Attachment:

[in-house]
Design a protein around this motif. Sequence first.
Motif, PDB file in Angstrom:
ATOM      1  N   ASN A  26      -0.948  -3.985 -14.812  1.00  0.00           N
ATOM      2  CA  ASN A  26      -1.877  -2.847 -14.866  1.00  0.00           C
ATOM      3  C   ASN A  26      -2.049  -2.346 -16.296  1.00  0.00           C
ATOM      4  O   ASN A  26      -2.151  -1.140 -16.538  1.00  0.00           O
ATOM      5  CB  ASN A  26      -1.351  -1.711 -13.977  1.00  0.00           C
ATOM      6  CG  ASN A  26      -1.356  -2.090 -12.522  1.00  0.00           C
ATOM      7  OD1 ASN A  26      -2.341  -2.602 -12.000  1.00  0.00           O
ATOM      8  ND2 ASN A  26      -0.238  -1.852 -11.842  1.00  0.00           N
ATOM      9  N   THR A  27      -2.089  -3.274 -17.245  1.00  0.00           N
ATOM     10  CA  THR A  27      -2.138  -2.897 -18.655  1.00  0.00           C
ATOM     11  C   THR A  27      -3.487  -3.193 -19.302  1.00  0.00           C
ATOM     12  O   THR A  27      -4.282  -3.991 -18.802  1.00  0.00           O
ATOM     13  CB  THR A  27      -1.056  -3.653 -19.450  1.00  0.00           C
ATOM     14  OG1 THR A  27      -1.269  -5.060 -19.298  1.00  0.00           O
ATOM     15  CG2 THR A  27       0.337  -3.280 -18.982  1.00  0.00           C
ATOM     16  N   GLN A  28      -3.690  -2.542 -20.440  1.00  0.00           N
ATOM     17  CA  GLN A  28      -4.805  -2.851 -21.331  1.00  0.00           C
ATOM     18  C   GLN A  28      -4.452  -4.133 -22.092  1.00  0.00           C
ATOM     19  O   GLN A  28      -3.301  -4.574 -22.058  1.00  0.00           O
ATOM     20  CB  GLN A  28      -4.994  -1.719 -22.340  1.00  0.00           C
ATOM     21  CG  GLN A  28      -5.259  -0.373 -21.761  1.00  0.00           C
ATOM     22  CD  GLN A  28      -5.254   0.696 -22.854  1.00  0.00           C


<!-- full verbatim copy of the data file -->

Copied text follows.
[in-house]
Design a protein around this motif. Sequence first.
Motif, PDB file in Angstrom:
ATOM      1  N   ASN A  26      -0.948  -3.985 -14.812  1.00  0.00           N
ATOM      2  CA  ASN A  26      -1.877  -2.847 -14.866  1.00  0.00           C
ATOM      3  C   ASN A  26      -2.049  -2.346 -16.296  1.00  0.00           C
ATOM      4  O   ASN A  26      -2.151  -1.140 -16.538  1.00  0.00           O
ATOM      5  CB  ASN A  26      -1.351  -1.711 -13.977  1.00  0.00           C
ATOM      6  CG  ASN A  26      -1.356  -2.090 -12.522  1.00  0.00           C
ATOM      7  OD1 ASN A  26      -2.341  -2.602 -12.000  1.00  0.00           O
ATOM      8  ND2 ASN A  26      -0.238  -1.852 -11.842  1.00  0.00           N
ATOM      9  N   THR A  27      -2.089  -3.274 -17.245  1.00  0.00           N
ATOM     10  CA  THR A  27      -2.138  -2.897 -18.655  1.00  0.00           C
ATOM     11  C   THR A  27      -3.487  -3.193 -19.302  1.00  0.00           C
ATOM     12  O   THR A  27      -4.282  -3.991 -18.802  1.00  0.00           O
ATOM     13  CB  THR A  27      -1.056  -3.653 -19.450  1.00  0.00           C
ATOM     14  OG1 THR A  27      -1.269  -5.060 -19.298  1.00  0.00           O
ATOM     15  CG2 THR A  27       0.337  -3.280 -18.982  1.00  0.00           C
ATOM     16  N   GLN A  28      -3.690  -2.542 -20.440  1.00  0.00           N
ATOM     17  CA  GLN A  28      -4.805  -2.851 -21.331  1.00  0.00           C
ATOM     18  C   GLN A  28      -4.452  -4.133 -22.092  1.00  0.00           C
ATOM     19  O   GLN A  28      -3.301  -4.574 -22.058  1.00  0.00           O
ATOM     20  CB  GLN A  28      -4.994  -1.719 -22.340  1.00  0.00           C
ATOM     21  CG  GLN A  28      -5.259  -0.373 -21.761  1.00  0.00           C
ATOM     22  CD  GLN A  28      -5.254   0.696 -22.854  1.00  0.00           C